You will do best with an exercise routine that is a part of your schedule. Block out an appointment at the gym every day at the same time, or take a brisk walk as soon as you get up. If you’re not a morning person, take that walk at lunch time.

Finding an exercise program that lets you measure your improvement probably will help you even more – more reps or a specific number of seconds off your daily run – because you like to track your progress.

You like to keep things loose, so you can make a change or take a different direction if something interesting comes up.

The risk to keeping things too loose is that it’s easy to get distracted. You might do best with home exercise equipment so you can exercise when the mood strikes.

An exercise buddy may give you the little bit of extra impetus to stick to a routine.

Break it up and do something different periodically – different kinds of exercise help keep you from getting bored and keep your body guessing.

You have adequate funds to pay for an exercise program.

The sky’s the limit! A personal trainer can be expensive, but that may ensure you actually exercise on a regular basis. Also, a personal trainer can help you tackle some of the more difficult things you might not want to try without professional instruction.

You could also put that money into creating the ultimate home gym. There are a lot of equipment options out there, so do your research before choosing anything.

Remember: you can get a great workout in with something as simple as a few dumbells.

You’re operating on a shoestring exercise budget.

Good old-fashioned calisthenics – think boot camp routines such as jumping jacks, sit-ups and pushups – won’t deplete your pocketbook, although you should have a good pair of shoes.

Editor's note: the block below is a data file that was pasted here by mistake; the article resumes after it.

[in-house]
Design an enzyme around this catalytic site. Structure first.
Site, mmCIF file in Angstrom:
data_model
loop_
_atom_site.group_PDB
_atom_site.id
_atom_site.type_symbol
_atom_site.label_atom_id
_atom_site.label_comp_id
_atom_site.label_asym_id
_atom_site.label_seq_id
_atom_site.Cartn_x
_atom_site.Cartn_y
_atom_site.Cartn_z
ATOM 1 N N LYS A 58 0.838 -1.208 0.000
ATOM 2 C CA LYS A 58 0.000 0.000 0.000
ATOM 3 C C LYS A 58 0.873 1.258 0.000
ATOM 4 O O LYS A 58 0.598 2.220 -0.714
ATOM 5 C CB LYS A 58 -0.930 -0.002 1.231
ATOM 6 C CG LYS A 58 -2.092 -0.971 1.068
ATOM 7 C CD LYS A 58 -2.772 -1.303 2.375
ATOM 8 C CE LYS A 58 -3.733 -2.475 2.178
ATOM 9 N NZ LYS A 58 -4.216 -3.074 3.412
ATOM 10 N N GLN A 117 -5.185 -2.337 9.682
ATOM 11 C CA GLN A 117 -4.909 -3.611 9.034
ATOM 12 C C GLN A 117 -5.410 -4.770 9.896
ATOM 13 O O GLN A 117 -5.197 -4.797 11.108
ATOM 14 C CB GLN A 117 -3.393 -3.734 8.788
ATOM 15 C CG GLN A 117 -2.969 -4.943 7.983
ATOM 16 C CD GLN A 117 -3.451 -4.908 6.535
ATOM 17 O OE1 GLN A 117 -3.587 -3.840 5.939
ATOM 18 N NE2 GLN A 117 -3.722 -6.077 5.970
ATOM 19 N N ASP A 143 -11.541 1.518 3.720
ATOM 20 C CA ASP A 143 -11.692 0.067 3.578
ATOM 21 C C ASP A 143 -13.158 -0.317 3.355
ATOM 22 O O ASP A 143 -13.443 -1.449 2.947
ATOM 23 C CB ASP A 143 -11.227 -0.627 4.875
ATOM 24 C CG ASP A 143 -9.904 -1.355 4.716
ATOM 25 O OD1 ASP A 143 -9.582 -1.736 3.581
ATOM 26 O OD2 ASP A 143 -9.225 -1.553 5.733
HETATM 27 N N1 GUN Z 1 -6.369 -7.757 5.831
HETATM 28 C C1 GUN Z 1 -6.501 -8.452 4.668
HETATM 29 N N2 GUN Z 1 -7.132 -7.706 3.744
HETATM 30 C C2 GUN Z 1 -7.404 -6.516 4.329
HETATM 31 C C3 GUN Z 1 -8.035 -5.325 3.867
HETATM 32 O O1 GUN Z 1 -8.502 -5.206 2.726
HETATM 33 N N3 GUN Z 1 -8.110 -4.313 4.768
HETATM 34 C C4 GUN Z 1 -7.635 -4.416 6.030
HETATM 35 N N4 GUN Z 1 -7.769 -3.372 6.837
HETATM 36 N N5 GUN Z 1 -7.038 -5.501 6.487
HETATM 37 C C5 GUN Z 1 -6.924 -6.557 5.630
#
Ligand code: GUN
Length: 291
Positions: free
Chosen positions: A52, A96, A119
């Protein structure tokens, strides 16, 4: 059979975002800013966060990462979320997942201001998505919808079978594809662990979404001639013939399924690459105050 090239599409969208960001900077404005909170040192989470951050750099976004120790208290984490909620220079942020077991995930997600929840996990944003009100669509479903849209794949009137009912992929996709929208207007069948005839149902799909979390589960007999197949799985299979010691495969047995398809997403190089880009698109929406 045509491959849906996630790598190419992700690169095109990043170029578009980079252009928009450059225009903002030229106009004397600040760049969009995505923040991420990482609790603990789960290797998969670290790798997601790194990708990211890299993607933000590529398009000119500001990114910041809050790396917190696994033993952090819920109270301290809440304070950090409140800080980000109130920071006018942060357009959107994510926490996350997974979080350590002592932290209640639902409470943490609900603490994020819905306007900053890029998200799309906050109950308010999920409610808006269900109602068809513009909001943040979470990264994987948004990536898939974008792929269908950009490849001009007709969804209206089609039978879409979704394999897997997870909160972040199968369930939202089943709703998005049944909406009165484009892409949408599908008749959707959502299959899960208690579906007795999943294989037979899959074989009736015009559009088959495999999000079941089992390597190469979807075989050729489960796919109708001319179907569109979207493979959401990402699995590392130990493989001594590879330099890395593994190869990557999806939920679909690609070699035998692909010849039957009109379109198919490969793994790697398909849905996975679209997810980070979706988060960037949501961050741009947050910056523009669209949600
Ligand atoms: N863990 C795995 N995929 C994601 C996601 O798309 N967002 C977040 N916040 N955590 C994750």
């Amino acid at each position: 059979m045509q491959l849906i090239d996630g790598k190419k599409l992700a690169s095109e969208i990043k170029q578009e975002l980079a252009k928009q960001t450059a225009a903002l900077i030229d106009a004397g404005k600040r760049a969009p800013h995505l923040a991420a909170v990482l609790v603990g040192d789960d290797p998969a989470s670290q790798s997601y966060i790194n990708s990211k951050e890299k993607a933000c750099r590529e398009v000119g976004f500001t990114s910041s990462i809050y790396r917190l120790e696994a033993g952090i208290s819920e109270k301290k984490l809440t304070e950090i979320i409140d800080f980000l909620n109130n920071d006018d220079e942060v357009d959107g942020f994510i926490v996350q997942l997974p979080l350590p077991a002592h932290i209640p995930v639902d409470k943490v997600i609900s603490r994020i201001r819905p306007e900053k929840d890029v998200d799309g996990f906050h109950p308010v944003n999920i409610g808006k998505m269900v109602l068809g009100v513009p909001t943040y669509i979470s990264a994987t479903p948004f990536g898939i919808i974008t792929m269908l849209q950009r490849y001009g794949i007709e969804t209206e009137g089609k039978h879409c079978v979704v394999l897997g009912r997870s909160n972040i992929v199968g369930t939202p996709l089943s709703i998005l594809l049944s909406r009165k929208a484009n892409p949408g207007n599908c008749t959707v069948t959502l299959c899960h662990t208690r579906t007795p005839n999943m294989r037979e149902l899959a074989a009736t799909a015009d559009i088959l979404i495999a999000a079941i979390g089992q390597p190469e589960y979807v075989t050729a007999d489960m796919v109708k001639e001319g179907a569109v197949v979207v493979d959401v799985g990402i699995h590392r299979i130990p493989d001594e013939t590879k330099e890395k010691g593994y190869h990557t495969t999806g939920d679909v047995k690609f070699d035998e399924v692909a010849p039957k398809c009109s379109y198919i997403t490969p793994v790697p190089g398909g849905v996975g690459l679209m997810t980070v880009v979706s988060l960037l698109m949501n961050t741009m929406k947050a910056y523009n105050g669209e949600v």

You can do a bodyweight routine pretty much anywhere.

The only requirement to get a good workout in is a little creativity.

Find a good spot for pull-ups, or use some heavy household objects for your weights. Walking, jogging and running are also free once you’ve bought the shoes.

You live in town.

If you can afford them, gym memberships provide a safe place to exercise, and offer a wealth of options where equipment is concerned. The local YMCA may be a lower-cost alternative.

Schools and parks may be available for team sports such as basketball.

The key is to get out and find what opportunies are available. No one is going to MAKE you get fit. Your success is up to you!

You live out in the country.

Hiking, cross-country skiing, ice skating and biking are all fitness activities more likely to be readily available in the country. A long walk on a country road soothes the spirit as well as exercising the body.

You may be thinking, “I don’t have time, I don’t have money, there’s no gym in my little town!”

All of those statements may be true. However, if you are alive and breathing, there are ways to get your daily exercise. Park your car at the far end of the lot and walk to the grocery – and walk fast, so your heart rate and breathing ramp up.

Take the stairs (yes, that means you have to climb them, not just go down), even if it is three flights. When you pick up the kids’ toys, squat instead of bending – it builds your quads and saves your back.

Lift the baby over your head to work the muscles in your arms or play tag with your toddlers. Every little bit helps you build your overall fitness.

One thing’s for sure: you’re not going to get anywhere by sitting on the couch watching TV and drinking that soda every day.

The real secret of fitness success is that there’s no secret. It comes down to how much you’re willing to work to get the results you want.

Whether your goal is to bench 300 pounds or to walk 15 minutes a day, take small steps to work your way up to success. The possibilities are endless! Get started with a workout plan to match your goals today!